Photos courtesy of Initiative Handarbeit
In the wake of h + h 2019, the biggest trade craft fair for the German market, the German industry association, Initiative Handarbeit, has published a review of the German craft market over the last 5 years. The original press release can be accessed here, but as it’s in German only, we thought it might be interesting to take a look at the most salient insights.
Volume of the German crafts market (in consumer prices) has decreased by more than 11% over the last five years. From 1.306 million euros in 2014 to 1.159 million euros in 2018, the total market volume for crafts, measured in consumer prices, has decreased by over 11%.
In light of the resurgence of certain crafts — knitting comes especially to mind, as does needle punching and embroidery — a decrease of this magnitude is substantial over a relatively short amount of time.
Sadly, the study does not differentiate between online and offline market volume nor does it offer in-depth insights into price developments compared to inflation and purchasing power. This would be extremely interesting in order to understand why we’re seeing such huge decreases both over the 5-year period as well as year-over-year. German GDP (adjusted for price changes) has grown by 1.5% from 2017 to 2018, but as the study doesn’t detail whether the market volume indicated is in real terms or not, we unfortunately cannot gauge how this market development fares compared to the overall German economy.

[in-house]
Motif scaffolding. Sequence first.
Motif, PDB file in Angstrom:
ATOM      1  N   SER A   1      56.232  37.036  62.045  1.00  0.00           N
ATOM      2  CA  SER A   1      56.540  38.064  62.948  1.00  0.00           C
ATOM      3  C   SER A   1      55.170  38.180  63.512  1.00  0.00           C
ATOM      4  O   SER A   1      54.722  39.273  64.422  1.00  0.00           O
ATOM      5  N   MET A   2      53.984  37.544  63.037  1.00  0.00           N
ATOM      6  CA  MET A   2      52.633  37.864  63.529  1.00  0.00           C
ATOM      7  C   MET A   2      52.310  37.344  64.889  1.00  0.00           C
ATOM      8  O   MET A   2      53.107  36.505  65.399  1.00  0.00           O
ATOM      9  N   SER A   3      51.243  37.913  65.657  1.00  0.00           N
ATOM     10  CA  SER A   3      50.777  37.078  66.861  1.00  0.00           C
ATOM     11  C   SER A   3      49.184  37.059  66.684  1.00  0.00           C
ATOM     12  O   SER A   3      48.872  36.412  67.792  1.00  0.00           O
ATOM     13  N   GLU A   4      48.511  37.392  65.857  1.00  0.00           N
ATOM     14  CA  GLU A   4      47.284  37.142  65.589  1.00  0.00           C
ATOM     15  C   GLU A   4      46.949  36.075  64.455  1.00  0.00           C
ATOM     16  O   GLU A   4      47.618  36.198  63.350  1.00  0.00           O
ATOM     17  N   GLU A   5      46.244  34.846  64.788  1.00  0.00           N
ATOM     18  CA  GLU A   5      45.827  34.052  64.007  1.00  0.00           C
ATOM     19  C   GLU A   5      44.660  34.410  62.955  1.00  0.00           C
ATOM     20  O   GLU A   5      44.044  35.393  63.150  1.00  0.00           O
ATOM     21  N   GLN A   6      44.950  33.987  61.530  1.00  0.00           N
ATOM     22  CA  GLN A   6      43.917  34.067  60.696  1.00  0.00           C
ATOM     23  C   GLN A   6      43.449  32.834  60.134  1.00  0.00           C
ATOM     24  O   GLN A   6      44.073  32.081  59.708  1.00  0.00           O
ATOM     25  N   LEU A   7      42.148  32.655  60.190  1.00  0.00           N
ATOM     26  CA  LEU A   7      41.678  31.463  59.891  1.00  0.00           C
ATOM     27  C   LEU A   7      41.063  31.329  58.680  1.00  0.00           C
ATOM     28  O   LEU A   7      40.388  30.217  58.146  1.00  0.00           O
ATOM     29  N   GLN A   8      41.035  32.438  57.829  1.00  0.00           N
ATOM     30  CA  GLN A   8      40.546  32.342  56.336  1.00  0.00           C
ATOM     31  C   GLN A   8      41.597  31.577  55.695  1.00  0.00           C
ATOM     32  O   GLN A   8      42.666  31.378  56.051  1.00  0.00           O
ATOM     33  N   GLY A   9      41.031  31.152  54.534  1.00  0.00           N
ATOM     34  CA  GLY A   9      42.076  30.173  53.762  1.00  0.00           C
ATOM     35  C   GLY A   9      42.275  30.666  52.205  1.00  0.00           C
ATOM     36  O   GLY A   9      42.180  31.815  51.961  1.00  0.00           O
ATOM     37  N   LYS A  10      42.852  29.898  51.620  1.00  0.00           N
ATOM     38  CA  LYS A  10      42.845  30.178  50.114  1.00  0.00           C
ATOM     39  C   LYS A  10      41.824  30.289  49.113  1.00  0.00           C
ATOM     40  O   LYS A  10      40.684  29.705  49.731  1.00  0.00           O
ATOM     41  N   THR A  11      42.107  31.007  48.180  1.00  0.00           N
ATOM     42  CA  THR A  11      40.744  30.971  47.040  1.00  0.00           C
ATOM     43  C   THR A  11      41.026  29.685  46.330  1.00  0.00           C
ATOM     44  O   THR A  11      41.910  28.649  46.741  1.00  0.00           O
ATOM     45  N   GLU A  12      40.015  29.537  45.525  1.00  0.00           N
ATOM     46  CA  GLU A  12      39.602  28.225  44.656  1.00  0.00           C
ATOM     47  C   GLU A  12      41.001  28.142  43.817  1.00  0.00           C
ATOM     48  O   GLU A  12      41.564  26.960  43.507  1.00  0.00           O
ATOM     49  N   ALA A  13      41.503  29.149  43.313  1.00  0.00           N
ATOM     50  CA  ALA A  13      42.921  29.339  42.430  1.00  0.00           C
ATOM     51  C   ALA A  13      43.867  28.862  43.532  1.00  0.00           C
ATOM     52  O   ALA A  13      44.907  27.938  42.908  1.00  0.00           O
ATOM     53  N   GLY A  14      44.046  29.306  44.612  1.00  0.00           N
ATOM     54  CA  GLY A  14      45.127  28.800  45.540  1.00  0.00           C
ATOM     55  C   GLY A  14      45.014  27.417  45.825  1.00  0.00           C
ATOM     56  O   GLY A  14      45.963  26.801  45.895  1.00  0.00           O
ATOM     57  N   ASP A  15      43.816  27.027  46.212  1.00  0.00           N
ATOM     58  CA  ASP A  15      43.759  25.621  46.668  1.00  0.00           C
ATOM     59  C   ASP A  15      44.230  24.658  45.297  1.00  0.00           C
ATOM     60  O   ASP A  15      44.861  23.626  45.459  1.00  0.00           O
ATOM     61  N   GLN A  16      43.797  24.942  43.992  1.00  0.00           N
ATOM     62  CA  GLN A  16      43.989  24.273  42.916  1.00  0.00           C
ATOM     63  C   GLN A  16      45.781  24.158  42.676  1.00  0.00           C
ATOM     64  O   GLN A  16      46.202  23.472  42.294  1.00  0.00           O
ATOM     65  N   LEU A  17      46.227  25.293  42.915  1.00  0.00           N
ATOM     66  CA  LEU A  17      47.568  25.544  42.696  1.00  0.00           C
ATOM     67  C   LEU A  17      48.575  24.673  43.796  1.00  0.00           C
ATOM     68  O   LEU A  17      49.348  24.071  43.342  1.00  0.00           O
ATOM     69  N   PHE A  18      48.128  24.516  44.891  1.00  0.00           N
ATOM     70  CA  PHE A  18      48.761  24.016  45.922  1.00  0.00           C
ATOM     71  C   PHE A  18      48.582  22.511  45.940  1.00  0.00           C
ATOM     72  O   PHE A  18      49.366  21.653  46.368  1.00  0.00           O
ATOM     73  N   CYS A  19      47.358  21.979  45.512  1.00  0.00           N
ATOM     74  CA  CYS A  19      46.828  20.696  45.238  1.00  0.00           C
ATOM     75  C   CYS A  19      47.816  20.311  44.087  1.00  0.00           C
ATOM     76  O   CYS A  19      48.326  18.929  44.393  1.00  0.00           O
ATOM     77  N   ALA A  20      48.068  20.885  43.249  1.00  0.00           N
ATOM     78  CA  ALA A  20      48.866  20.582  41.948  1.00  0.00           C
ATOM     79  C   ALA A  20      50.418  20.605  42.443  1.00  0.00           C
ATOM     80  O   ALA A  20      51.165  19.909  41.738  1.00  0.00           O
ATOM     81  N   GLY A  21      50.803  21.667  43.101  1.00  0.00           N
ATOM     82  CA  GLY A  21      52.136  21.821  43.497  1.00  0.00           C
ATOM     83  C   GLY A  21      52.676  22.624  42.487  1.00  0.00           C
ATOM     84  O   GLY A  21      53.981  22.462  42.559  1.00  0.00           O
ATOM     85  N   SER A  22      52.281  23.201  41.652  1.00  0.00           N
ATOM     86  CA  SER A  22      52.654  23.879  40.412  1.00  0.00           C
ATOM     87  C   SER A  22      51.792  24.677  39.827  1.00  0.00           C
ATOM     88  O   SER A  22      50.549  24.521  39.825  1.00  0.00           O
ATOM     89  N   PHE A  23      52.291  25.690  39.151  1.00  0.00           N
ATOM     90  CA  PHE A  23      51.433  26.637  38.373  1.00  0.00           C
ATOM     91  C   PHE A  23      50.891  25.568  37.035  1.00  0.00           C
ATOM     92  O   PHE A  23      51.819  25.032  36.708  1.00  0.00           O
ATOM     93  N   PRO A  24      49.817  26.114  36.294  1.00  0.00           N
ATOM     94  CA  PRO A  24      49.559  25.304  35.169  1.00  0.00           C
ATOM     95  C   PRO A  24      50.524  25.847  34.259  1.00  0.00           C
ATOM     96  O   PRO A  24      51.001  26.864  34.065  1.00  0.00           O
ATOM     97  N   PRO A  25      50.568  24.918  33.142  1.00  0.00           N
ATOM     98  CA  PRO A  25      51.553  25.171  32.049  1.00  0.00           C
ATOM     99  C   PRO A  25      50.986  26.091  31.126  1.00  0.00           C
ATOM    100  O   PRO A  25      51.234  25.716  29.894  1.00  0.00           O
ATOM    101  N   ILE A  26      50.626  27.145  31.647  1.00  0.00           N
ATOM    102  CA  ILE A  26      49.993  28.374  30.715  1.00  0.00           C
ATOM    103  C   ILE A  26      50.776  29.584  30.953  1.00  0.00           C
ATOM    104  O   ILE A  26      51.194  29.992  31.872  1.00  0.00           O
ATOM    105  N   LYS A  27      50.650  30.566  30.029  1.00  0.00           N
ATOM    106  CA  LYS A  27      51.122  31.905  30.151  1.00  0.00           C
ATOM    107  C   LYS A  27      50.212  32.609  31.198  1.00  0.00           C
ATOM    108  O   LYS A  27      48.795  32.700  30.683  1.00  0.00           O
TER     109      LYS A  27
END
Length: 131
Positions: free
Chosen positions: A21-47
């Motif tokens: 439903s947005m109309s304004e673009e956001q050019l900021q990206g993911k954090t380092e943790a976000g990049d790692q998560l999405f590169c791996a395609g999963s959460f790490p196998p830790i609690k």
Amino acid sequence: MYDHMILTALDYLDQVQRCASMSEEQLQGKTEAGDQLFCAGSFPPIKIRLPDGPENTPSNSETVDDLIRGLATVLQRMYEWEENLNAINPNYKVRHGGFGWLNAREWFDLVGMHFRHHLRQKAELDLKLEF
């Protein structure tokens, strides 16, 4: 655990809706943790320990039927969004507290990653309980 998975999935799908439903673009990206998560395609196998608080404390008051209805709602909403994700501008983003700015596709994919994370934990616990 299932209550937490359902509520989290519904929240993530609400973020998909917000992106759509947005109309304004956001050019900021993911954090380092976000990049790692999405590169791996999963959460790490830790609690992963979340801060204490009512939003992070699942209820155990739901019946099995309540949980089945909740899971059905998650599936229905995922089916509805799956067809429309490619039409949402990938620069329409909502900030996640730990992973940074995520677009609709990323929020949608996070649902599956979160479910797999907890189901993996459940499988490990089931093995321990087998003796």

2018 has the highest year-over-year decrease in 5 year period
From 2017 to 2018, the market volume has decreased by 5%, from 1.220 million euros to 1.159 million euros. For the five-year period the study looks at, this is by far the highest decrease.
Initiative Handarbeit attributes this to the long and extremely warm summer which led to long periods spent outside and not with crafting, as well as to the changing face of retail, especially with the closing of smaller brick-and-mortar shops.
As with the overall decrease, we unfortunately lack the data to corroborate these hypotheses. It might very well be that the long and warm summer had such a substantial effect, but it might also have been due to the slower growth of German GDP overall with a growth rate that decreased from 2.2% (2016 to 2017) to 1.5% last year. With economic growth in Germany projected to slow down even further, Brexit, and trade wars looming at the horizon, the crafting market might be impacted even harder in the upcoming years.
Market Value 2018 consumer prices in Mio Euro
The decrease in market volume extends across all market segments except for machines.
Source: Initiative Handarbeit’s research, March 2019
Initiative Handarbeit differentiates between six market segments:
- Handknitting & Crochet Yarns
- Sewing & Knitting Machines
- Special Interests
Except for Sewing & Knitting Machines, all segments have seen a decrease in market volume from 2017 to 2018.
Market development crafts in Germany in Mio Euro at consumer prices
Source: Initiative Handarbeit’s research, March 2019
A Closer Look at the Different Segments
The degree of loss in market volume differs substantially within the segments.
Embroidery has seen the biggest loss from 2017 to 2018, with a reduction of over 14%, from 7 to 6 million euros. Haberdashery and Fabrics were both down 7%, from 1.83 to 1.70 million euros, and from 4.50 to 4.20 million euros, respectively. Handknitting & Crochet Yarns as well as Special Interests were both down 4%, from 3.55 to 3.40 million euros, and from 4.9 to 4.7 million euros, respectively.